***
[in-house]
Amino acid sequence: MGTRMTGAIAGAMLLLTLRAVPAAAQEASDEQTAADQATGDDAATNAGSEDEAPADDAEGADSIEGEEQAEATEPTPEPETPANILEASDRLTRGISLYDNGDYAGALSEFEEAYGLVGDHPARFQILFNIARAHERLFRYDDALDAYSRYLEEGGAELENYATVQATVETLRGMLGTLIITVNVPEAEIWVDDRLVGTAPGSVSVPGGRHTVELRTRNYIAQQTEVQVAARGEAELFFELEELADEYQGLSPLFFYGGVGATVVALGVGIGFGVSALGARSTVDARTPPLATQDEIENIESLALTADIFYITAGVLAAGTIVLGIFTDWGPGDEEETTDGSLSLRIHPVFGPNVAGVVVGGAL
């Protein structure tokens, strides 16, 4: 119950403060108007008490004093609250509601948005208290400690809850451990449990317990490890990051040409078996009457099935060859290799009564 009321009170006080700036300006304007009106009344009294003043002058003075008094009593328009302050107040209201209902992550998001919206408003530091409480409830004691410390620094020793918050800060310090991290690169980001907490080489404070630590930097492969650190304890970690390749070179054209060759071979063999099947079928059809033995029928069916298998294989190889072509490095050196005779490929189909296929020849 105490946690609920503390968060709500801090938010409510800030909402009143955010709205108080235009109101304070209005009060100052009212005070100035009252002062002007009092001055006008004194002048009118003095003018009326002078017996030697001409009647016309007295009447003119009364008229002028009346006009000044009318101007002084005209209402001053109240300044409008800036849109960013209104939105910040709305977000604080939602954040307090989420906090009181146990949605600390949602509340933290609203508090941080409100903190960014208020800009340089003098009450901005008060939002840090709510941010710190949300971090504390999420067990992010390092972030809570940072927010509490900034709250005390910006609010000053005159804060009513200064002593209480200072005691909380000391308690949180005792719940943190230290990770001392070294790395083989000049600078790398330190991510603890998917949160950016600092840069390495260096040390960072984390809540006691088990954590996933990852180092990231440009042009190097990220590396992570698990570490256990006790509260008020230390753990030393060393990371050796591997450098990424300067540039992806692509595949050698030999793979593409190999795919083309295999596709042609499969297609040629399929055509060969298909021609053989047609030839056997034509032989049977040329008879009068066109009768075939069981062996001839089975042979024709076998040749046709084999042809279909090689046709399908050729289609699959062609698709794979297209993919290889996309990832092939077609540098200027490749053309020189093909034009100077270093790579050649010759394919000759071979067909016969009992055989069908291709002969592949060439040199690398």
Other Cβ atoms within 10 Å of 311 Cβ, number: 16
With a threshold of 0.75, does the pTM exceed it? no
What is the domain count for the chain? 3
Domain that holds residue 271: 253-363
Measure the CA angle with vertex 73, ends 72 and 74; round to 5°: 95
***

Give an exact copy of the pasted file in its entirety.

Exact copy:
[in-house]
Amino acid sequence: MGTRMTGAIAGAMLLLTLRAVPAAAQEASDEQTAADQATGDDAATNAGSEDEAPADDAEGADSIEGEEQAEATEPTPEPETPANILEASDRLTRGISLYDNGDYAGALSEFEEAYGLVGDHPARFQILFNIARAHERLFRYDDALDAYSRYLEEGGAELENYATVQATVETLRGMLGTLIITVNVPEAEIWVDDRLVGTAPGSVSVPGGRHTVELRTRNYIAQQTEVQVAARGEAELFFELEELADEYQGLSPLFFYGGVGATVVALGVGIGFGVSALGARSTVDARTPPLATQDEIENIESLALTADIFYITAGVLAAGTIVLGIFTDWGPGDEEETTDGSLSLRIHPVFGPNVAGVVVGGAL
């Protein structure tokens, strides 16, 4: 119950403060108007008490004093609250509601948005208290400690809850451990449990317990490890990051040409078996009457099935060859290799009564 009321009170006080700036300006304007009106009344009294003043002058003075008094009593328009302050107040209201209902992550998001919206408003530091409480409830004691410390620094020793918050800060310090991290690169980001907490080489404070630590930097492969650190304890970690390749070179054209060759071979063999099947079928059809033995029928069916298998294989190889072509490095050196005779490929189909296929020849 105490946690609920503390968060709500801090938010409510800030909402009143955010709205108080235009109101304070209005009060100052009212005070100035009252002062002007009092001055006008004194002048009118003095003018009326002078017996030697001409009647016309007295009447003119009364008229002028009346006009000044009318101007002084005209209402001053109240300044409008800036849109960013209104939105910040709305977000604080939602954040307090989420906090009181146990949605600390949602509340933290609203508090941080409100903190960014208020800009340089003098009450901005008060939002840090709510941010710190949300971090504390999420067990992010390092972030809570940072927010509490900034709250005390910006609010000053005159804060009513200064002593209480200072005691909380000391308690949180005792719940943190230290990770001392070294790395083989000049600078790398330190991510603890998917949160950016600092840069390495260096040390960072984390809540006691088990954590996933990852180092990231440009042009190097990220590396992570698990570490256990006790509260008020230390753990030393060393990371050796591997450098990424300067540039992806692509595949050698030999793979593409190999795919083309295999596709042609499969297609040629399929055509060969298909021609053989047609030839056997034509032989049977040329008879009068066109009768075939069981062996001839089975042979024709076998040749046709084999042809279909090689046709399908050729289609699959062609698709794979297209993919290889996309990832092939077609540098200027490749053309020189093909034009100077270093790579050649010759394919000759071979067909016969009992055989069908291709002969592949060439040199690398």
Other Cβ atoms within 10 Å of 311 Cβ, number: 16
With a threshold of 0.75, does the pTM exceed it? no
What is the domain count for the chain? 3
Domain that holds residue 271: 253-363
Measure the CA angle with vertex 73, ends 72 and 74; round to 5°: 95